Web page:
Jenson Button is 'a quality driver' who possesses 'a great talent', argues countryman and former sparring partner David Coulthard - but that does not guarantee the Briton will be a fixture on the Formula 1 grid in 2009.

Following 153 grands prix, one victory and 15 rostrum finishes in the top flight since he made his debut with Williams back in 2000, Button's career has been thrown into turmoil by Honda's shock announcement last month that it is to withdraw from the sport with immediate effect.

Though a number of reportedly interested parties have been linked to a buy-out of the Brackley-based operation, no deal has yet been struck - leaving the Frome-based star, for the meantime at least, sitting precariously on the sidelines.

"He'll be with whatever Honda becomes, if someone buys the team," Coulthard reasoned, "and if not then it will be extremely difficult for him. I don't have a crystal ball to see into the future, but fingers crossed he'll be out on the track.

"There's a lock-out right now from the big teams, because they've all got their drivers lined up. They're not going to kick somebody out to make way for him, so he may end up having to sit on the subs bench this year, but he's young enough - he's the right side of 30 - and he's a great talent.

"Jenson is a quality driver. Quite rightly the talk has been about Lewis [Hamilton] over the last couple of years, but I am a believer in Jenson as a talent, and if he was put in a similar car and in a similar situation, I'm sure he'd win a lot of grands prix.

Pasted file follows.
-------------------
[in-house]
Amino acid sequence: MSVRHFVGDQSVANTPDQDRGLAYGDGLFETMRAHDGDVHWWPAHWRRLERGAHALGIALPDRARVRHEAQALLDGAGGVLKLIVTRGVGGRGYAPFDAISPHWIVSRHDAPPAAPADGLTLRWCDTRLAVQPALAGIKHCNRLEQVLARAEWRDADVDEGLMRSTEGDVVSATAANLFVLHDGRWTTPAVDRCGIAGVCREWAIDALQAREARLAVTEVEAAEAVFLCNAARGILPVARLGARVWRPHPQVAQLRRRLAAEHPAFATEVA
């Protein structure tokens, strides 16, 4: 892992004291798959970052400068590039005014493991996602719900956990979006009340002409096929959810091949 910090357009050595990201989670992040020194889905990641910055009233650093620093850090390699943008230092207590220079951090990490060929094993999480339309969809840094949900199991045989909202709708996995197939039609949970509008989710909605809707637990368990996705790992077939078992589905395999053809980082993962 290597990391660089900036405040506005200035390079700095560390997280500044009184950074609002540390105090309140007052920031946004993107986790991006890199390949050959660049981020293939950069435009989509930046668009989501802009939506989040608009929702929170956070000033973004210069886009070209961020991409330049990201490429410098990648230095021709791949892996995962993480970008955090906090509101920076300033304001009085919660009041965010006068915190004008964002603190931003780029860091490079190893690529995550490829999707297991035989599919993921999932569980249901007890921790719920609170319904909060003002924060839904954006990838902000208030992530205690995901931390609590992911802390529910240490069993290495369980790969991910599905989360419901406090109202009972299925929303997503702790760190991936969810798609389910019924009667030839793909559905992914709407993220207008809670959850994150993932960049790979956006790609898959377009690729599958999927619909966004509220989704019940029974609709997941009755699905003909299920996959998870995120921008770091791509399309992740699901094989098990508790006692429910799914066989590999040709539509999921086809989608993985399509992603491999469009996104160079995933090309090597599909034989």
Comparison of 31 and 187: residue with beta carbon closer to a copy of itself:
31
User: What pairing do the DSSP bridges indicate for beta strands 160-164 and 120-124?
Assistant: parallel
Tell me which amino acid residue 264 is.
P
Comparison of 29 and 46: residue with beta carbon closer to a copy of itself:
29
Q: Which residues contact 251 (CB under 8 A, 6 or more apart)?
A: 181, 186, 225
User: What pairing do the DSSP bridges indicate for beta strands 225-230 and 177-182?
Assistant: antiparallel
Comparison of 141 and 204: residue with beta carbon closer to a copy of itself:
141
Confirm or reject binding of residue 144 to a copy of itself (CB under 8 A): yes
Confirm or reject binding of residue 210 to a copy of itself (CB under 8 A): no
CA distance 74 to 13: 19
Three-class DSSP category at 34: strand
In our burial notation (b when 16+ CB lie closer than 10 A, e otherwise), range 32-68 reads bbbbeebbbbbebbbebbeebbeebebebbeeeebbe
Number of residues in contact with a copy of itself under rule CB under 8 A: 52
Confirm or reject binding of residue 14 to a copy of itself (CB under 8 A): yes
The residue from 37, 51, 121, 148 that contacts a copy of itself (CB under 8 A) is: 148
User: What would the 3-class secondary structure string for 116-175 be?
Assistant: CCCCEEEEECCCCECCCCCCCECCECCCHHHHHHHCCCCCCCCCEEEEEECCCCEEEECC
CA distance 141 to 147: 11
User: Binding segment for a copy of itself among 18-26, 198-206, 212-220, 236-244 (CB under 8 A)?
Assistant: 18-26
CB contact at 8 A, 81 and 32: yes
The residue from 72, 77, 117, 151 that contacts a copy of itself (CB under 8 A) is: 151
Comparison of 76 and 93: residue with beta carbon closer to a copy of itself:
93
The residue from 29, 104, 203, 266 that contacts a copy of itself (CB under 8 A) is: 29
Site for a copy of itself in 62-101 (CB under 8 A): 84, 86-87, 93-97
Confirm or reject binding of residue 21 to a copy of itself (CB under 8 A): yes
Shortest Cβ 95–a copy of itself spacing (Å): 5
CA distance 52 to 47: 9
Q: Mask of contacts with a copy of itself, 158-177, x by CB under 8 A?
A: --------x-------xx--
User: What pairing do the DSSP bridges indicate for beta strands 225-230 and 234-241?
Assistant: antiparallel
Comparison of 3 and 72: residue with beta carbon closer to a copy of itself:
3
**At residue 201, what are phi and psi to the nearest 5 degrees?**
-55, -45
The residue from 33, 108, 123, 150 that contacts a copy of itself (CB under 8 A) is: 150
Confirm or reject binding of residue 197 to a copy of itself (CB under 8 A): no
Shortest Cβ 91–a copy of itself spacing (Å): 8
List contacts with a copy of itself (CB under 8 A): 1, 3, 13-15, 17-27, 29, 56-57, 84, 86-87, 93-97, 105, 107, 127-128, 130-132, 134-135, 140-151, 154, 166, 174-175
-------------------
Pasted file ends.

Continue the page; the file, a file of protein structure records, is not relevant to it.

"There only can be one winner in any sport, and if you can't get behind the winner as a nation, then there's something sadly wrong. I don't think that means that people have forgotten about Jenson; the real hardened followers and those on the inside know what he's capable of."

Coulthard's own focus in 2009, aside from that of new-found fatherhood - "It's fantastic, but I keep saying 'hi, it's daddy', and he just falls asleep, so I don't think he recognises me!" - will be on his ongoing advisory and occasional testing role with Red Bull Racing, as well as his new commentating duties with the BBC. The Scot is adamant that he is not missing the action yet, and is simply keen to play the part of an interested observer on the outside looking in.

"I'm just looking forward to continuing going to the grands prix with the BBC," the 37-year-old underlined. "I'll still have involvement with Red Bull and I have other businesses too which I'm going to take a bit more time with, so I have no desire to go racing at the moment.

"There have always been cycles in Formula 1. Ferrari have been incredibly consistent over more than the last ten years now, whereas for McLaren this is the first championship for ten years - although they've been at the front, they haven't delivered a championship-winning car.

"[Regarding the new rules], anything that's cost-cutting and doesn't change the dynamic and the availability of performance between the teams and maintains a level playing field I think is good. I haven't looked in detail at the regulations because I've been busy with other things, but I'll try to understand what we're dealing with during the tests with Red Bull."

by Russell Atkins

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